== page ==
IS luring new fighters with cash, says PNP exec | Inquirer News

IS luring new fighters with cash, says PNP exec

Recruiters for terror groups target young, out-of-school Moros in Maguindanao
/ 04:19 AM October 07, 2019

IS luring new fighters with cash, says PNP exec

TERROR LINKS The Bangsamoro Islamic Freedom Fighters (BIFF), founded by the late Ameril Umra Kato (second from left), is among the Islamic State-linked armed groups that the government is fighting in Mindanao. Esmael Abubakar (right) now leads a faction of BIFF. —Jeoffrey Maitem

BULUAN, Maguindanao, Philippines — Groups allied with the Islamic State (IS) continue to recruit young Moros, luring them with at least P50,000 outright cash and a P10,000 monthly allowance, a top police official said on Sunday.

Col. Arnold Santiago, chief of the Maguindanao Police Provincial Office, made the disclosure following last week’s clash between the IS-linked Bangsamoro Islamic Freedom Fighters (BIFF) and the Moro Islamic Liberation Front (MILF).


Seven MILF fighters were killed in the four-hour clash on Oct. 3 at Barangay Dasawao in Shariff Saydona Mustapha town. The village is the birthplace of Esmael Abubakar, alias Kumander Bungos, leader of one of three BIFF factions, Santiago said.


BIFF members have been especially targeting the young, out-of-school Moros to take up arms, Santiago said in a telephone interview.

“They are offered cash to become IS fighters,” he said.

The recruits, he said, were being indoctrinated with the wrong teachings of Islam, including violence.

The Oct. 3 clash erupted after BIFF men under Abubakar went to the MILF-controlled village, brandishing their high-powered firearms.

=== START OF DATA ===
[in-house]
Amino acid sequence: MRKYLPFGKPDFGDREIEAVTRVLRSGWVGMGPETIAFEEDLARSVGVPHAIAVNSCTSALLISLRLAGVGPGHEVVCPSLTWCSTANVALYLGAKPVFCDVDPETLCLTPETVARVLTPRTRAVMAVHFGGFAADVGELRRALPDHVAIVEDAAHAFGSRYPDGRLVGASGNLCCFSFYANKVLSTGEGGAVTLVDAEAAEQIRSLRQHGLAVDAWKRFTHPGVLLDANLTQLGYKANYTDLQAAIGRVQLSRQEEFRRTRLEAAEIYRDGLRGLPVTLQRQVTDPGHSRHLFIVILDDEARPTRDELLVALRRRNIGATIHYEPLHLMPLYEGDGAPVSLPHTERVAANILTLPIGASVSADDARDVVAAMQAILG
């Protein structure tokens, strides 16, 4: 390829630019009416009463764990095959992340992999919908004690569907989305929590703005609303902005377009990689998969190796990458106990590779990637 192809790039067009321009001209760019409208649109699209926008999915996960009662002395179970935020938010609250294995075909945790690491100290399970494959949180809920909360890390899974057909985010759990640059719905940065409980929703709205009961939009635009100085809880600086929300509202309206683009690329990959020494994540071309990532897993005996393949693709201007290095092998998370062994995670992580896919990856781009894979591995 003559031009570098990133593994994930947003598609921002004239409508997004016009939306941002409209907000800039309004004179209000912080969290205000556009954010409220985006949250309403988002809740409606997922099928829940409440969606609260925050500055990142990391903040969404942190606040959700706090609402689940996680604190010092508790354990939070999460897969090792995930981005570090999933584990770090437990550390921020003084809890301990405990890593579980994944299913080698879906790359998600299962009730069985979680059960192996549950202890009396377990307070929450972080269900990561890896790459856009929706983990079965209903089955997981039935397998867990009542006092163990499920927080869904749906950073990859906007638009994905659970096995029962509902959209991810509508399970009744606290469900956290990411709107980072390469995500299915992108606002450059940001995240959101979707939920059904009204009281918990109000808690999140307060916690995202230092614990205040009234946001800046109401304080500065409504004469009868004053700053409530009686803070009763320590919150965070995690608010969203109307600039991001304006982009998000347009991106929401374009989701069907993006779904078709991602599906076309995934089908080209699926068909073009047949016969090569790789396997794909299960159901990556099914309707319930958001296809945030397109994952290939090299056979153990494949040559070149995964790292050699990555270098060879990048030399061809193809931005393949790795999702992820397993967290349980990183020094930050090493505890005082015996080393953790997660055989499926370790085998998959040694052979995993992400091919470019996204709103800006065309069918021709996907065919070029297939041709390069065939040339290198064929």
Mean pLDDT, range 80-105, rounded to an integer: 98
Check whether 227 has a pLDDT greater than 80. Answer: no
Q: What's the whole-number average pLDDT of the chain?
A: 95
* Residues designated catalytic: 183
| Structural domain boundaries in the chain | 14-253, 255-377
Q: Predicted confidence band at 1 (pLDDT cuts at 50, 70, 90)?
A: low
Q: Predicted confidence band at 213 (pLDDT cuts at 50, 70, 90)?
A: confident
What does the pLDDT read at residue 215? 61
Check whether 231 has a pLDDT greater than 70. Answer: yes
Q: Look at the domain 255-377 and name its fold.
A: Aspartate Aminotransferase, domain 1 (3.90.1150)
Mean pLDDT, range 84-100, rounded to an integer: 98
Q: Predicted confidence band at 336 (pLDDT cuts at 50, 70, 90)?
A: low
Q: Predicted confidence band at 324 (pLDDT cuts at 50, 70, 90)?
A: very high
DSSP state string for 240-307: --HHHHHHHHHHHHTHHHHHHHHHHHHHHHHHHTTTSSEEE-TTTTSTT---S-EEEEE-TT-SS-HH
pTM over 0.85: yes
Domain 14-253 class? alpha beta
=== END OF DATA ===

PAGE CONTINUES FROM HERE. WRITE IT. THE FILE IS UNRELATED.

According to Santiago, fighters from the BIFF and the MILF have a longstanding “rido” (clan war) due to a land dispute.

The MILF, he said, had long requested BIFF members, who are related to its members, to avoid visiting Barangay Dasawao while carrying high-powered weapons, as this could trigger a gun battle that could result in civilian displacement.


Santiago also said that once the presence of BIFF fighters was detected in the community, government forces would launch military operations in the area, which would send residents fleeing to safety.

Foreign fighters

Rommel Banlaoi, chair of the Philippine Institute for Peace, Violence and Terrorism Research, earlier told the Inquirer that foreign IS fighters were still going to Mindanao despite their defeat in Marawi City in 2017, to help local militant groups establish a caliphate in Southeast Asia.

Armed men belonging to the Maute Group, which had pledged allegiance to the IS, laid siege to Marawi in 2017. Government forces engaged them in a five-month battle that ended with the killing of the group’s leaders, brothers Omar and Abdullah Maute, and their top lieutenants.

Banlaoi said the foreign fighters monitored to have entered Mindanao came from Saudi Arabia, Turkey, Morocco, Spain, France, Tunisia, Iraq, Somalia, Egypt, Yemen, Libya, Pakistan, Bangladesh and China.

But the bulk came from Indonesia and Malaysia, which both share maritime borders with the Philippines.

Home base

“The [foreign fighters] regard Mindanao as the new land of jihad (fight against enemies of Islam), safe haven and alternative home base,” Banlaoi said.

To counter IS recruitment, Santiago said the Maguindanao police had been sending representatives to talk at the ‘madaris’ (Islamic schools) or with the ‘ustadz’ (religious scholar) to propagate the “true essence of Islam” as a religion of peace.

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For Muslims in the Bangsamoro Autonomous Region in Muslim Mindanao, the real war “is the war to eradicate poverty and hunger,” he said.


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